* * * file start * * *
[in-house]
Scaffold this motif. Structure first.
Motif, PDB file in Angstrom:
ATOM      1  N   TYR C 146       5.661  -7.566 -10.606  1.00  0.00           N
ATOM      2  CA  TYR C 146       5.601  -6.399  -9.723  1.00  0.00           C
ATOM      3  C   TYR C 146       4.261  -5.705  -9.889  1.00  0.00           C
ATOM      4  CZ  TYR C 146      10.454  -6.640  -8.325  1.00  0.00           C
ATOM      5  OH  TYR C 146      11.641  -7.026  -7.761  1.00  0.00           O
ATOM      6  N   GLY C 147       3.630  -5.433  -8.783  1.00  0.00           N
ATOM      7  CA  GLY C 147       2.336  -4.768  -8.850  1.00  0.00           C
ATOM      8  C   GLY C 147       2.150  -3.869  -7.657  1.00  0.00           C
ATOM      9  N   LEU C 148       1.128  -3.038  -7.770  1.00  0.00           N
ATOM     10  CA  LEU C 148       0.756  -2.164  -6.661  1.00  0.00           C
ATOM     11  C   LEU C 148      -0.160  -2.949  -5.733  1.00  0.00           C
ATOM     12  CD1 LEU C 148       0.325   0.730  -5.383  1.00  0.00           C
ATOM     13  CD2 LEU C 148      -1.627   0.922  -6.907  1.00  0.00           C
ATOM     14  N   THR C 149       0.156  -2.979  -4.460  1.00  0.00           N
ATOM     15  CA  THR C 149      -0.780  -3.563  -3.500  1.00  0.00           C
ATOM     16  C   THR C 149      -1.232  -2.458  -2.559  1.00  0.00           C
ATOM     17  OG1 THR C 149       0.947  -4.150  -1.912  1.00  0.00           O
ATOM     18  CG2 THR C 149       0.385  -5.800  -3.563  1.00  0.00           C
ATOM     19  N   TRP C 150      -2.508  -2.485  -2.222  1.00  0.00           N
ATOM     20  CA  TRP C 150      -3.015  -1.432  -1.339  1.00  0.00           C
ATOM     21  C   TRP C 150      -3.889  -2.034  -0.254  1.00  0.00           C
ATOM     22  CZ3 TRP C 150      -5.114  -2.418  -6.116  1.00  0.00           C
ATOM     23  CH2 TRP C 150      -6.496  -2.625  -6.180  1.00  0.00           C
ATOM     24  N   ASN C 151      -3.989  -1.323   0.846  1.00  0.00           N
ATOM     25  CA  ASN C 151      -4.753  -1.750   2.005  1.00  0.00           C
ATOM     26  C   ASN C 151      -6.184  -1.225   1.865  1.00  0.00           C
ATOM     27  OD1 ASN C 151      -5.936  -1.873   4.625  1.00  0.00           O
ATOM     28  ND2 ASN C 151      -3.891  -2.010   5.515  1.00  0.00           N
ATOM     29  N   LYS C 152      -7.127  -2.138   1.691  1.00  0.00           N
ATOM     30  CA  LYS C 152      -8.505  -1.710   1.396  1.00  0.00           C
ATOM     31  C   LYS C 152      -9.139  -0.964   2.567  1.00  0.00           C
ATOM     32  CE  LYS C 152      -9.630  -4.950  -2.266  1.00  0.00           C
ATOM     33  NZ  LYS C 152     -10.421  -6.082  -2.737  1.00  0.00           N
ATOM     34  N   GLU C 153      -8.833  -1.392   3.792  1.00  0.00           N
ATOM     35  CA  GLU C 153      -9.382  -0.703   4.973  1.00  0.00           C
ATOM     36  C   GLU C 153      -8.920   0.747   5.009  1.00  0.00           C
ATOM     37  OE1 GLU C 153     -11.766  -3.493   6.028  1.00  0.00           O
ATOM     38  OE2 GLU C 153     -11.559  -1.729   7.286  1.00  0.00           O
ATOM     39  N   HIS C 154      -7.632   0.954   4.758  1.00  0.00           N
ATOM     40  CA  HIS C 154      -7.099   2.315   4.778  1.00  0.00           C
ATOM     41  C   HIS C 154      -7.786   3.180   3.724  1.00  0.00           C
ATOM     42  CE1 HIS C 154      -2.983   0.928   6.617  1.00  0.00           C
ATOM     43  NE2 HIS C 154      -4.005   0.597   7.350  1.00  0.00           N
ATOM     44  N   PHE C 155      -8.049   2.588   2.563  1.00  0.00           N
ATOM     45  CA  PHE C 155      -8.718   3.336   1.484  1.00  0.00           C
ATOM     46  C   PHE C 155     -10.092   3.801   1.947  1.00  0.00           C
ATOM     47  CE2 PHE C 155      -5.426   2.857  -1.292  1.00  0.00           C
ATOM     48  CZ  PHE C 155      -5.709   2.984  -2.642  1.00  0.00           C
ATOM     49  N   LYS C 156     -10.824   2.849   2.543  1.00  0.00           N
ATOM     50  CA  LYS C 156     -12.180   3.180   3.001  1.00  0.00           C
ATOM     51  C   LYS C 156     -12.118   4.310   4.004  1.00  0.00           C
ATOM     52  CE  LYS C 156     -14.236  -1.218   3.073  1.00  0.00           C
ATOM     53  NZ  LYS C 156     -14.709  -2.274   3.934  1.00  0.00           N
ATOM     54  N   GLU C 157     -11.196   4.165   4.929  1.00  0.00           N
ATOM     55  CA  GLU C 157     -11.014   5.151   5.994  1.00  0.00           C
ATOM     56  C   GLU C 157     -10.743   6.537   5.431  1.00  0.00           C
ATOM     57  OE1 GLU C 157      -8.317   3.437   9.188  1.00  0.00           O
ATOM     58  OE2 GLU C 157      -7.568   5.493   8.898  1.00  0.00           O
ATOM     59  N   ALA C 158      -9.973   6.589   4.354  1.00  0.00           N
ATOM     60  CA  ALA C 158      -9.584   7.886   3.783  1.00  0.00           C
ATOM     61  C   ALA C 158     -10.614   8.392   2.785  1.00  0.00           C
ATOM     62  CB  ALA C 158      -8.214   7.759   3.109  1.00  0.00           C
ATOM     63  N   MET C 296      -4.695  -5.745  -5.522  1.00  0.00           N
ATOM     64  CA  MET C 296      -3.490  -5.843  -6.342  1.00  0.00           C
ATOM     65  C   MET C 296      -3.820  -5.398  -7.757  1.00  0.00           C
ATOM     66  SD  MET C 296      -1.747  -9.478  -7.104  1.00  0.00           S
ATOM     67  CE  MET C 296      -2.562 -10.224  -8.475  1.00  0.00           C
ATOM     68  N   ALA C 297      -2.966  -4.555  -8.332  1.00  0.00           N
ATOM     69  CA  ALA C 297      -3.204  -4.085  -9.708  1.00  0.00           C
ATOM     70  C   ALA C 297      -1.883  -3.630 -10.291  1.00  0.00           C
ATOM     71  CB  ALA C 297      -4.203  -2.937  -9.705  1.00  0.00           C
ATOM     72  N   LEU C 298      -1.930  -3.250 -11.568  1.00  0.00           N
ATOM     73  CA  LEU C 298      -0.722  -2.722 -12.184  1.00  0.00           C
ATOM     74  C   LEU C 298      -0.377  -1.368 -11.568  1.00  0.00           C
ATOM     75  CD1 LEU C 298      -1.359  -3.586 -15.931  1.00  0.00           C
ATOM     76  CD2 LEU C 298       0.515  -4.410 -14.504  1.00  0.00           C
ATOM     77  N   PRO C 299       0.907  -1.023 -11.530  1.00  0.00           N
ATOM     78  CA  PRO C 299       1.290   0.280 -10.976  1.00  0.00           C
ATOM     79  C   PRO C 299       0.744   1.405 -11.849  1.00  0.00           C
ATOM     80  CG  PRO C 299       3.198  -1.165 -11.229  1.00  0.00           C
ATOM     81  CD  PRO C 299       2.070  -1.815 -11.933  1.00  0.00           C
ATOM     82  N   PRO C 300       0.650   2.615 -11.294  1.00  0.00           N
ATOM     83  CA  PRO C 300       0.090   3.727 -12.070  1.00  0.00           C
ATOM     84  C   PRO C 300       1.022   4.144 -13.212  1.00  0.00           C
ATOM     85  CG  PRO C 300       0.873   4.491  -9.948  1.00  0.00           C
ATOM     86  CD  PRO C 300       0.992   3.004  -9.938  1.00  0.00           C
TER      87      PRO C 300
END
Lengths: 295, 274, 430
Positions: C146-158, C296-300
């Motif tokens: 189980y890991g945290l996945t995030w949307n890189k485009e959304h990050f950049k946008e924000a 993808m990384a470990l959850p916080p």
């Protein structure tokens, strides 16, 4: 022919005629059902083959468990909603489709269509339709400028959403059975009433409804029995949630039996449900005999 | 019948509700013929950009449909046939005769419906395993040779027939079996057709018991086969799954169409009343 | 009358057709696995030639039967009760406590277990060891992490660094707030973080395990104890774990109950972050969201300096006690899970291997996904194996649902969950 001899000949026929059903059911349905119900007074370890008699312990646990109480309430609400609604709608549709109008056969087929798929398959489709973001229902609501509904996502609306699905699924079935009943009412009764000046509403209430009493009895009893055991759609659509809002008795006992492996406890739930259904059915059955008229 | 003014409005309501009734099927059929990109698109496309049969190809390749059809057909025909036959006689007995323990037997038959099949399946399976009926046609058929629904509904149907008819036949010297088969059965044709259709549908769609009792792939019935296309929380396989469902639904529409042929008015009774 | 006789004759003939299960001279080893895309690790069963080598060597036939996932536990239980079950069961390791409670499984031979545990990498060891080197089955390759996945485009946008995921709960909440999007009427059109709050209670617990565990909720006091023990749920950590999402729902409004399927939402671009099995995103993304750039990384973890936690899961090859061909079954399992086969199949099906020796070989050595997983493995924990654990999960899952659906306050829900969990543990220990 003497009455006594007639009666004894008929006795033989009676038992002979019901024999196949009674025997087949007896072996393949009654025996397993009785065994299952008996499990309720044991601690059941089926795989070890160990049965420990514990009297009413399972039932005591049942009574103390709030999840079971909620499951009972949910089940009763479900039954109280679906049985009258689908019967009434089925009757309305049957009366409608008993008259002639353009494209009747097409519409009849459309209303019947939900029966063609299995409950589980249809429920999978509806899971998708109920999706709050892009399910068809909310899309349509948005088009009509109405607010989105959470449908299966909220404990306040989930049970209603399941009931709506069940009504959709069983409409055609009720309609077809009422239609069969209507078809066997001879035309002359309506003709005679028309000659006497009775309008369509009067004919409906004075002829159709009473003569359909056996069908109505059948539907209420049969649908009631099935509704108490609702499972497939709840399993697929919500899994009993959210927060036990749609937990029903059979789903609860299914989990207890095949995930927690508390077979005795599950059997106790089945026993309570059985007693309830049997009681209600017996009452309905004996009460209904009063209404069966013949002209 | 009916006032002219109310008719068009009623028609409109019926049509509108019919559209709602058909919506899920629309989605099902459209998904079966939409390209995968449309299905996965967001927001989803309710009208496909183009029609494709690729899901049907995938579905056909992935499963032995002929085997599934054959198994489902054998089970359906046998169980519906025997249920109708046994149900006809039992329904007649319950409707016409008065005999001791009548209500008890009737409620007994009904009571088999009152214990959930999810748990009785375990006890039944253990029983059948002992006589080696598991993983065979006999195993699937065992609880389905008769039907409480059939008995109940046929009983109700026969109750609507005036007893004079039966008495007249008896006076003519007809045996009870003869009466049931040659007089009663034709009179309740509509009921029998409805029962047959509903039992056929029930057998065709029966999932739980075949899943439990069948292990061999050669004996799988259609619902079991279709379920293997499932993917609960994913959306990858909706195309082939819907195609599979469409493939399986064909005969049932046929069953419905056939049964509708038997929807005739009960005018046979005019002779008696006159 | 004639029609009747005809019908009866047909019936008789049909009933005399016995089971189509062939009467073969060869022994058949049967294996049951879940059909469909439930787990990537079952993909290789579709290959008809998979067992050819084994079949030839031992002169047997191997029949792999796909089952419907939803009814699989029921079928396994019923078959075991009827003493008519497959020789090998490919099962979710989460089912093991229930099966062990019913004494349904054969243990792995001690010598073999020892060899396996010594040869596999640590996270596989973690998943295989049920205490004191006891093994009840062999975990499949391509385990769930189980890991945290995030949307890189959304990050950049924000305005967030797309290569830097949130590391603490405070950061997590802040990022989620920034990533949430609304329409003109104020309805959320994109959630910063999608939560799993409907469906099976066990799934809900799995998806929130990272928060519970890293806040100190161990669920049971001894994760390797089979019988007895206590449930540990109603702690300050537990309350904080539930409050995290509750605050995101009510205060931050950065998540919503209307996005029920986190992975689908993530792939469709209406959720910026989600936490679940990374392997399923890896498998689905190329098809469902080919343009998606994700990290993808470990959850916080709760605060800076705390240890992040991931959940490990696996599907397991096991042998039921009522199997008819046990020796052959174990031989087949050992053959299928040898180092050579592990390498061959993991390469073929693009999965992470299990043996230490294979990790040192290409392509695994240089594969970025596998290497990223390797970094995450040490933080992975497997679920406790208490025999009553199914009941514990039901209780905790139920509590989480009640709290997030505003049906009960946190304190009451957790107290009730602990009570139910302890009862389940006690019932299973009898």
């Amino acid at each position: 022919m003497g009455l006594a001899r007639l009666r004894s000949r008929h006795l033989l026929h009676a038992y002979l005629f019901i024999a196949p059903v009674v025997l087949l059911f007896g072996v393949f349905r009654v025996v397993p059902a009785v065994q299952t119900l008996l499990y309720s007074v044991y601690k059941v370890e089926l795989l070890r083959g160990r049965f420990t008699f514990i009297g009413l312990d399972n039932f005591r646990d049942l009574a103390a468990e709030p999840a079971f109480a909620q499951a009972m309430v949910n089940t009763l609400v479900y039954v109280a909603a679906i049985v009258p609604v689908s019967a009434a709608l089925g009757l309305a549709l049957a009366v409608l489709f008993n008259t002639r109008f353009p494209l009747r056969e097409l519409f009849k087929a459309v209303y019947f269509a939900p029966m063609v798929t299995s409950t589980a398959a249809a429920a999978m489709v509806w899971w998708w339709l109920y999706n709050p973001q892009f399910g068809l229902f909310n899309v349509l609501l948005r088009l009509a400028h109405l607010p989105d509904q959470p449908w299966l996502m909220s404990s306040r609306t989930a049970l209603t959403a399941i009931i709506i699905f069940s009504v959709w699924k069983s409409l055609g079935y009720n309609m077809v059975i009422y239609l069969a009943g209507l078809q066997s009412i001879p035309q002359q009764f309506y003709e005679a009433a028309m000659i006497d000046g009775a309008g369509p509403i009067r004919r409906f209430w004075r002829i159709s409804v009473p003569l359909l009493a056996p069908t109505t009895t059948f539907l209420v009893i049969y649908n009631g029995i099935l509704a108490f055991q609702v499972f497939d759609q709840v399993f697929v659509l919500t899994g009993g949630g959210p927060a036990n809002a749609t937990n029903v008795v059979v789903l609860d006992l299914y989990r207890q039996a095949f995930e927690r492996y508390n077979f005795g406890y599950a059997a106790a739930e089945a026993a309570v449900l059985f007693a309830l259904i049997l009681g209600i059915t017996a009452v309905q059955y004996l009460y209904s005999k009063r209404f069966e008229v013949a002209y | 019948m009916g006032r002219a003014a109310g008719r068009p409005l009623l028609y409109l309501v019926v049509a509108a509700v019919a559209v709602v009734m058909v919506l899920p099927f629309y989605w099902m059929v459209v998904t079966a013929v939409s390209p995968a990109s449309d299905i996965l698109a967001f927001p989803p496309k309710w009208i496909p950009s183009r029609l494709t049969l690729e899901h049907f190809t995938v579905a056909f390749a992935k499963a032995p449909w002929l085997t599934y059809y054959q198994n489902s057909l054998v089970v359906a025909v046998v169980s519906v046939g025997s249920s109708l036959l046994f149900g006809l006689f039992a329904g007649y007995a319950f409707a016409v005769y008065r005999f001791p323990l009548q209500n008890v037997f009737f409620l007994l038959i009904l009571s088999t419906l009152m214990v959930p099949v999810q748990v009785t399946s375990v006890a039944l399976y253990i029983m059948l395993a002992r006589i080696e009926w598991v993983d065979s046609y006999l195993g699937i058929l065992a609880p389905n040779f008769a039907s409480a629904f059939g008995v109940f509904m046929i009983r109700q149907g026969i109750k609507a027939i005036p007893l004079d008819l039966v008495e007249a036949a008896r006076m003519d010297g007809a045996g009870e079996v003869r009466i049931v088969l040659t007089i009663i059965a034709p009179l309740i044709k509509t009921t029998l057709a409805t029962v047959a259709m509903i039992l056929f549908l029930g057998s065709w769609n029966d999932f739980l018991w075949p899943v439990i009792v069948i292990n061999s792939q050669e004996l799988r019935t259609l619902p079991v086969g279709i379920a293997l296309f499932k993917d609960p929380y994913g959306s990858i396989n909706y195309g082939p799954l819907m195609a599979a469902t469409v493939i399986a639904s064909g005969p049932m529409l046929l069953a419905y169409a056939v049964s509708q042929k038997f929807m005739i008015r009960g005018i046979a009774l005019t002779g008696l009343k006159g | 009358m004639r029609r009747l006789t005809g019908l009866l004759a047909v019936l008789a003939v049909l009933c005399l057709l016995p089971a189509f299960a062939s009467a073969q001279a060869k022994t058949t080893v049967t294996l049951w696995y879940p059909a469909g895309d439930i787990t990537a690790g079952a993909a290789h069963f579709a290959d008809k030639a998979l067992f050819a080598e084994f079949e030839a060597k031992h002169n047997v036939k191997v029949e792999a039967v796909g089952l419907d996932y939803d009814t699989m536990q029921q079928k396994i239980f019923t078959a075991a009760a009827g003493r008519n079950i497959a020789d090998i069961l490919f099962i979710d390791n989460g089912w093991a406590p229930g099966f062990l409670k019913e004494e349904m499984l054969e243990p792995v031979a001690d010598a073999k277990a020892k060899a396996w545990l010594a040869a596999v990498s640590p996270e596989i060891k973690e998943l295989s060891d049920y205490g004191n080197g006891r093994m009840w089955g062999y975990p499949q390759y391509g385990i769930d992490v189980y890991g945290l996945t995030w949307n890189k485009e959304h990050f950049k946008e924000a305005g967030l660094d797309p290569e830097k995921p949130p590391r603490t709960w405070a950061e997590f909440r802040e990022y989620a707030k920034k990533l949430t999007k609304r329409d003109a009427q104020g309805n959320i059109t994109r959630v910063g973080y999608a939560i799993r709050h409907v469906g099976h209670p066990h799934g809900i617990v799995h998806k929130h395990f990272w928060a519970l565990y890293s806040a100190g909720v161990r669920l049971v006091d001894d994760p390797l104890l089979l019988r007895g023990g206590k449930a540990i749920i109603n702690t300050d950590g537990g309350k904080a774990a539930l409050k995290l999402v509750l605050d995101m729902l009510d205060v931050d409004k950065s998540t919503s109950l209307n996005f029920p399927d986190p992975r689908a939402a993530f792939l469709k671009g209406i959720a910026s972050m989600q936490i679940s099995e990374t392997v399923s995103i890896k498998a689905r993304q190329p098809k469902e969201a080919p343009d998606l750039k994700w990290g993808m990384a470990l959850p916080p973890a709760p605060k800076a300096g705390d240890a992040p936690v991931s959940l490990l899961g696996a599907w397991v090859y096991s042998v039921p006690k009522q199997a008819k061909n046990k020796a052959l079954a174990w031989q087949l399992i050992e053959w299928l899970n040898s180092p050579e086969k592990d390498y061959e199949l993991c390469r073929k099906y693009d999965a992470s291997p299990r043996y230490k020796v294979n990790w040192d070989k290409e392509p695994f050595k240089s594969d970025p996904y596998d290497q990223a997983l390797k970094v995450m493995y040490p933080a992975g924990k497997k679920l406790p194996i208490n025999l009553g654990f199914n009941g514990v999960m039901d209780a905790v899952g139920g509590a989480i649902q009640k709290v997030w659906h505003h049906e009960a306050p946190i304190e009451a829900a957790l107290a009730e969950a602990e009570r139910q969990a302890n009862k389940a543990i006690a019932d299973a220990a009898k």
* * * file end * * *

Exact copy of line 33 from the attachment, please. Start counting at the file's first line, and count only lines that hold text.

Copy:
ATOM     30  CA  LYS C 152      -8.505  -1.710   1.396  1.00  0.00           C